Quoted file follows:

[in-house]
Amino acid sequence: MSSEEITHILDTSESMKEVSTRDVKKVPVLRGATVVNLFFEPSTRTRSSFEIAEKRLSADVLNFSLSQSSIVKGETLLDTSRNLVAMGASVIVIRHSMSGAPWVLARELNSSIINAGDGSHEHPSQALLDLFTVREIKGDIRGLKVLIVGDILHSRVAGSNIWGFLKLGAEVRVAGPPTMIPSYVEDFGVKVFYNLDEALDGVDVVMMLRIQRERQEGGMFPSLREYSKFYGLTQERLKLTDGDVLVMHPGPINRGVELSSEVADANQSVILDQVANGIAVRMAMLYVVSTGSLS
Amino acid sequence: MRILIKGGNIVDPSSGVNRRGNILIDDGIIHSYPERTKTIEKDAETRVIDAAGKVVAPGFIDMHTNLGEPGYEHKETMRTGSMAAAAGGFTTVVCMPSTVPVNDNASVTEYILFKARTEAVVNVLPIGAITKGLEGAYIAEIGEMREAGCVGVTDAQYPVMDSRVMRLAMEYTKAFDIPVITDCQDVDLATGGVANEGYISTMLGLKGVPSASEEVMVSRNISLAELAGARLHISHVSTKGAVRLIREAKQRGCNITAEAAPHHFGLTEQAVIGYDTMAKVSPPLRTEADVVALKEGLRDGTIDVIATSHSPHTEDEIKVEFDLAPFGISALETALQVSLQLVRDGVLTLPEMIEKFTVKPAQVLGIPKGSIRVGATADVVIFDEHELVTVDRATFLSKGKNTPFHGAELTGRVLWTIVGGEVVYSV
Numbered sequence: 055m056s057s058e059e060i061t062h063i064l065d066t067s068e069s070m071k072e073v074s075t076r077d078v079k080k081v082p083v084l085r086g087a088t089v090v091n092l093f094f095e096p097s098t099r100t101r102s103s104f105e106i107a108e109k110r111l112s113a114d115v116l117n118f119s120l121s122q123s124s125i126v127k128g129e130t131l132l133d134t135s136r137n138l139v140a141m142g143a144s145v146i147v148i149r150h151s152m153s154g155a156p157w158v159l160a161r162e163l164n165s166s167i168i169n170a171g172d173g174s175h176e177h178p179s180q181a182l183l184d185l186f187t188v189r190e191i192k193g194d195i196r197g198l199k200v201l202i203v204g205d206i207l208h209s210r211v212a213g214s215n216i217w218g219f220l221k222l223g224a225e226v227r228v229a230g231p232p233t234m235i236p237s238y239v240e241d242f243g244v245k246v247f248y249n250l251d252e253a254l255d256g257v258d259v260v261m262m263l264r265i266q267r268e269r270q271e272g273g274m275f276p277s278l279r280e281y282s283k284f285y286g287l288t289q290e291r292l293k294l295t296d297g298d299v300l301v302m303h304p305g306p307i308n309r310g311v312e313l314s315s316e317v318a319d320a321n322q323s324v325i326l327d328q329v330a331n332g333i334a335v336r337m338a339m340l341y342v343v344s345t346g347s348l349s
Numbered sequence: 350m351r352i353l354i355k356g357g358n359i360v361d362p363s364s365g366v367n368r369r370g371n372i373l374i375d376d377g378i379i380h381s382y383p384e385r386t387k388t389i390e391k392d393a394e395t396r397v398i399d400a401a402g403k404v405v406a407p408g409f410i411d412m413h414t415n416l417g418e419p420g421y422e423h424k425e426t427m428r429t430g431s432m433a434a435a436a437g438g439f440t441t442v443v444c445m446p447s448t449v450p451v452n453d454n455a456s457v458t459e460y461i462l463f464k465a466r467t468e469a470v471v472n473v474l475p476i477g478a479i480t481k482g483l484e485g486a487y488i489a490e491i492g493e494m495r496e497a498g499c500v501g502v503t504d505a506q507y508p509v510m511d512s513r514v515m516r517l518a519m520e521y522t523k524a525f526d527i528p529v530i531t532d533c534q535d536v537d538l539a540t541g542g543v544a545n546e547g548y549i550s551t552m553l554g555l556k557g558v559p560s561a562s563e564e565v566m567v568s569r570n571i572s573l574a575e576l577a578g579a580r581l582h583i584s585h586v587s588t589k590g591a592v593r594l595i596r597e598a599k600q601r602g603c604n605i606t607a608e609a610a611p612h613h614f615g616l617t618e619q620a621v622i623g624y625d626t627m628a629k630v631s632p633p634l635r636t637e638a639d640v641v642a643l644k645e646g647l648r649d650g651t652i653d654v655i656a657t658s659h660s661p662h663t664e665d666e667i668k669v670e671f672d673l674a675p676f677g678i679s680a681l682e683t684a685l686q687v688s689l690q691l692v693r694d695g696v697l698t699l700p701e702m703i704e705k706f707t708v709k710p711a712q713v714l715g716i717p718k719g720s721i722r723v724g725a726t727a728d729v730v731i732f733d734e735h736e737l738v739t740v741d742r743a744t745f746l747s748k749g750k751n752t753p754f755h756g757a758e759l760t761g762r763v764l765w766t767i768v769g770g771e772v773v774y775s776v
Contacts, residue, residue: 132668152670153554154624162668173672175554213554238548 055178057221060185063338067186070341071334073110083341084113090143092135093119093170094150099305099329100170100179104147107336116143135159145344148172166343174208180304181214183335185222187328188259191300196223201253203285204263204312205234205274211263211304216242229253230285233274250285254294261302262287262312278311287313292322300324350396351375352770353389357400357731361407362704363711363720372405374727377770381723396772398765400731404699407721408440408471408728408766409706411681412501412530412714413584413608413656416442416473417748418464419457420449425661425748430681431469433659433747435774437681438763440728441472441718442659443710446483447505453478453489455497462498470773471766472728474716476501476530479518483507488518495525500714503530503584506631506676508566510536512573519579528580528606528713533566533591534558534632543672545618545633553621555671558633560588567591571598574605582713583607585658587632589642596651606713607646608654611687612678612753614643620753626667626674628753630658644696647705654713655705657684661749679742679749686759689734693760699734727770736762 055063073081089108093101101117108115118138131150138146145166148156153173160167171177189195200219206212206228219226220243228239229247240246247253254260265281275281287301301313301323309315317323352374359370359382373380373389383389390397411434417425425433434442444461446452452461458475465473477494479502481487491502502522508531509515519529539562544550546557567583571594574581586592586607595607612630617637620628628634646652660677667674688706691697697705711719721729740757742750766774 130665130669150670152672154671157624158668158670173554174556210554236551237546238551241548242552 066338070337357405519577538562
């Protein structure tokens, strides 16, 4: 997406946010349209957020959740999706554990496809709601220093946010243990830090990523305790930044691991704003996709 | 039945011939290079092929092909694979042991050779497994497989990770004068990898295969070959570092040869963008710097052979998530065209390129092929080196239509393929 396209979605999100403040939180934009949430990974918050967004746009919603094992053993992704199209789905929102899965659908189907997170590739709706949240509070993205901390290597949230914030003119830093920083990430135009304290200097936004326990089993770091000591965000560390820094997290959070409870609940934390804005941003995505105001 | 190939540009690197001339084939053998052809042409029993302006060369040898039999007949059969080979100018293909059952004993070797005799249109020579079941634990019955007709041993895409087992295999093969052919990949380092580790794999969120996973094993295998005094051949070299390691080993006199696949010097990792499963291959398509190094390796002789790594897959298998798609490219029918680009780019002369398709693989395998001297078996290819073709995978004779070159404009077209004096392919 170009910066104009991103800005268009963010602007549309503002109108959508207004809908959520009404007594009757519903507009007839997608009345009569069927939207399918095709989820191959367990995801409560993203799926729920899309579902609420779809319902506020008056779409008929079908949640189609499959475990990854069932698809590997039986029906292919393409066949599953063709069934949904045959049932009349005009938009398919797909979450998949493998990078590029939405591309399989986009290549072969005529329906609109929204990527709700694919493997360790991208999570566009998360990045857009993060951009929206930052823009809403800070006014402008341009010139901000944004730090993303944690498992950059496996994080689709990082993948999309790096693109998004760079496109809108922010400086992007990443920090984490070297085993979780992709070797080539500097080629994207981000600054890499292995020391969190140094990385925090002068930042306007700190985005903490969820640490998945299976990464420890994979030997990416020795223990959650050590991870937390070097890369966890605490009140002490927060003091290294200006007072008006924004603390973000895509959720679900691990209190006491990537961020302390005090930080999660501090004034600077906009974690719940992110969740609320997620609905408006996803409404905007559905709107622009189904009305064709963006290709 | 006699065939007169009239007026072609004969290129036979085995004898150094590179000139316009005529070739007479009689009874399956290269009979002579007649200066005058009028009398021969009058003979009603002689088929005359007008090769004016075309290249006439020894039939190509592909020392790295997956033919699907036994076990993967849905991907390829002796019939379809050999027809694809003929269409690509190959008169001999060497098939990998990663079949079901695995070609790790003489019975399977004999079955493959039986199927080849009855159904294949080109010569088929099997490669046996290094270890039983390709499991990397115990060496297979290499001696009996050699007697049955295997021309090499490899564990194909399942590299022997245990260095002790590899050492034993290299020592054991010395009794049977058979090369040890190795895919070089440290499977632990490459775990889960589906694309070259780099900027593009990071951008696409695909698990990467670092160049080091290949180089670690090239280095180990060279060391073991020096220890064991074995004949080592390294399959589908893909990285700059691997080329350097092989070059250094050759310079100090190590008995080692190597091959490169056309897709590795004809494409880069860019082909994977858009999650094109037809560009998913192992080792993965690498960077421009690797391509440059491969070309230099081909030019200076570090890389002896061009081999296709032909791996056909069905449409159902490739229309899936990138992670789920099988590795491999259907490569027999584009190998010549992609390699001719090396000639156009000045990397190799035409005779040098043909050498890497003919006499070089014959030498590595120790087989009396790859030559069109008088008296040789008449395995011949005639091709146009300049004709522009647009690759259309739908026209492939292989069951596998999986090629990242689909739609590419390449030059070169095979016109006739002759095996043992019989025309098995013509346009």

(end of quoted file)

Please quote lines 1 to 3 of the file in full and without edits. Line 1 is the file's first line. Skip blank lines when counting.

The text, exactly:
[in-house]
Amino acid sequence: MSSEEITHILDTSESMKEVSTRDVKKVPVLRGATVVNLFFEPSTRTRSSFEIAEKRLSADVLNFSLSQSSIVKGETLLDTSRNLVAMGASVIVIRHSMSGAPWVLARELNSSIINAGDGSHEHPSQALLDLFTVREIKGDIRGLKVLIVGDILHSRVAGSNIWGFLKLGAEVRVAGPPTMIPSYVEDFGVKVFYNLDEALDGVDVVMMLRIQRERQEGGMFPSLREYSKFYGLTQERLKLTDGDVLVMHPGPINRGVELSSEVADANQSVILDQVANGIAVRMAMLYVVSTGSLS
Amino acid sequence: MRILIKGGNIVDPSSGVNRRGNILIDDGIIHSYPERTKTIEKDAETRVIDAAGKVVAPGFIDMHTNLGEPGYEHKETMRTGSMAAAAGGFTTVVCMPSTVPVNDNASVTEYILFKARTEAVVNVLPIGAITKGLEGAYIAEIGEMREAGCVGVTDAQYPVMDSRVMRLAMEYTKAFDIPVITDCQDVDLATGGVANEGYISTMLGLKGVPSASEEVMVSRNISLAELAGARLHISHVSTKGAVRLIREAKQRGCNITAEAAPHHFGLTEQAVIGYDTMAKVSPPLRTEADVVALKEGLRDGTIDVIATSHSPHTEDEIKVEFDLAPFGISALETALQVSLQLVRDGVLTLPEMIEKFTVKPAQVLGIPKGSIRVGATADVVIFDEHELVTVDRATFLSKGKNTPFHGAELTGRVLWTIVGGEVVYSV